Olympians Take Sponsorship Protest Social to Demand Change

Last year I praised the International Olympic Committee for their forward thinking policy around social media at this year’s London games. The straightforward policy sets out rules that I think are fair while still being restrictive enough to give the IOC control over the brand everyone in the world talks about for a few weeks every four years. And considering how tightly they control the image in other settings, the policy becomes even more understandable.

But there is another rule Olympic athletes must adhere to, Rule 40, that’s become a hot topic in the Olympic conversation on and offline. Simply put, Rule 40 limits Olympic athletes from mentioning their sponsors unless they are Top IOC partners (aka advertisers).

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Olympic Leaders Issue Social Media Policy for 2012 Games

As the world’s elite athletes begin preparing for the 2012 Summer Olympics in London, the International Olympic Committee has issued a policy encouraging participants to use social networks during the games.

Coming in at four pages, the guidelines are actually quite easy to grasp considering the complexities behind the Olympic games, logos and trademarks. It’s so smart for the IOC to get in front of what is sure to be an onslaught of Tweets, status updates and now +1s about any and everything to do with the Games. In short, athletes are asked to share their experiences like an online diary, while media is asked to use SM for “bona fide reporting purposes.” Things are more restrictive in the Olympic villages where the athletes live, and of course the five rings logo is off-limits.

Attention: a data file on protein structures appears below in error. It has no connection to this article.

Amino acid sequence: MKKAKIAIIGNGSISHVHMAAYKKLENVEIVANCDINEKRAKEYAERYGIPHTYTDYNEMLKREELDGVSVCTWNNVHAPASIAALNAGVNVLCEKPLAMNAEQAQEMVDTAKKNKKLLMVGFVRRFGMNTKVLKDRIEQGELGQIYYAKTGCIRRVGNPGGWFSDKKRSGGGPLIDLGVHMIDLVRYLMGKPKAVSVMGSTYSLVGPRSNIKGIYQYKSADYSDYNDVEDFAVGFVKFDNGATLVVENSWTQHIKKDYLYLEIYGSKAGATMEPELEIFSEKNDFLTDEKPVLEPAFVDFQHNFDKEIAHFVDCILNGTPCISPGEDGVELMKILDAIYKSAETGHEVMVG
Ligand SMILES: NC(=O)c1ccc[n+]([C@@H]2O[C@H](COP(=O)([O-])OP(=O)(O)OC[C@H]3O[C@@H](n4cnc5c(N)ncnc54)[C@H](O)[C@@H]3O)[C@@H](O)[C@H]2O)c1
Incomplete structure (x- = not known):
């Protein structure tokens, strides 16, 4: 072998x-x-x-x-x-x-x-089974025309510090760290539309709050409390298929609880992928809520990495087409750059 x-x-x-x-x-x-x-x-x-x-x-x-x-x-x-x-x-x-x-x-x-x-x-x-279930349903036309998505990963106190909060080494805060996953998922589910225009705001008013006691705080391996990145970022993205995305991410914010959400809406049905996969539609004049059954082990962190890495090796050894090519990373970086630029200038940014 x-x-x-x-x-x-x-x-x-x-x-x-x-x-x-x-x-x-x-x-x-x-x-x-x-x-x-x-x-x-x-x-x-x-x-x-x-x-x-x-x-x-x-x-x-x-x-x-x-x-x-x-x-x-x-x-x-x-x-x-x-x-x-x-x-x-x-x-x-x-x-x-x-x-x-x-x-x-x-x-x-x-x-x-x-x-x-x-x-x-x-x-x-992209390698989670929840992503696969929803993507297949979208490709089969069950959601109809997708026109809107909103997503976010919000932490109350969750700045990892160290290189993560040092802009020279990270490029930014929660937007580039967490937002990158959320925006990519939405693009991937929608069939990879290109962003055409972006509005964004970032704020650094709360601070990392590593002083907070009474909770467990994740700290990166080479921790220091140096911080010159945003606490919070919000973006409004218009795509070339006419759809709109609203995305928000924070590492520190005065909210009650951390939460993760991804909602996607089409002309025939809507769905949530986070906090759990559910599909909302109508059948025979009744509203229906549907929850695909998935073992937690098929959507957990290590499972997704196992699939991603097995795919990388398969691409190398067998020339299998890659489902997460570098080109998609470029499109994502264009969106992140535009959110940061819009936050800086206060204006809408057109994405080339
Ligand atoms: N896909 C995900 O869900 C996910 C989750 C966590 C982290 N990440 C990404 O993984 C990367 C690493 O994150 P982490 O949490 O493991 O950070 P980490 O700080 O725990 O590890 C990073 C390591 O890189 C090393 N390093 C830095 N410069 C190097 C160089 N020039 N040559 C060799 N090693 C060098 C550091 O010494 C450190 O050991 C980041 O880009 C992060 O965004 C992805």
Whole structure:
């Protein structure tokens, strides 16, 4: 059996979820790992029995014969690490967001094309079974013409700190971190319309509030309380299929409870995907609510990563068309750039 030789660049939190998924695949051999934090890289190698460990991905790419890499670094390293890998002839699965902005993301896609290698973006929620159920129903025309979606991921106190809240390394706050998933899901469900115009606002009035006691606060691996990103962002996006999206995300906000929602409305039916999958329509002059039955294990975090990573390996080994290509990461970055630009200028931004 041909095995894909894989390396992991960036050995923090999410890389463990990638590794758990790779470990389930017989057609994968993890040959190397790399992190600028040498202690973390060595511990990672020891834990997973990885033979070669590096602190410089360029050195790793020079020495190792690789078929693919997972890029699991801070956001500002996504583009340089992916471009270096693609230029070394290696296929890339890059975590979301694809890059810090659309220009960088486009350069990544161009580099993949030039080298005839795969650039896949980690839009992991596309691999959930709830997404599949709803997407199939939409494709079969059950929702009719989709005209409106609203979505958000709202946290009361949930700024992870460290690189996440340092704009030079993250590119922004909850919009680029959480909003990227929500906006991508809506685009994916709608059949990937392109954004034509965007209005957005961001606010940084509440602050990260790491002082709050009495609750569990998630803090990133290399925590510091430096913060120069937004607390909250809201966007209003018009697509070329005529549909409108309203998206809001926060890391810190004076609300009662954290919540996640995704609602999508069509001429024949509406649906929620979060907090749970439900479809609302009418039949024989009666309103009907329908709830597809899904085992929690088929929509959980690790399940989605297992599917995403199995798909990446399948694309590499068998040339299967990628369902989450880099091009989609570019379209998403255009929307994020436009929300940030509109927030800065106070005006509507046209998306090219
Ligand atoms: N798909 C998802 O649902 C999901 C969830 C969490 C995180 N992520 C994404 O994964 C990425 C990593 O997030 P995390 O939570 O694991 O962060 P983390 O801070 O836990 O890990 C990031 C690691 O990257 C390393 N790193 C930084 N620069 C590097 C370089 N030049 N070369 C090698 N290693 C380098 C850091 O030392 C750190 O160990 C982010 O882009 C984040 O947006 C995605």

It will be interesting to see who enforces these rules and who the rulebreakers will be (because we know someone will break the rules). And the IOC’s guidance to “be dignified and in good taste” is a touchy-feely no-brainer that is right in line with the Olympic spirit.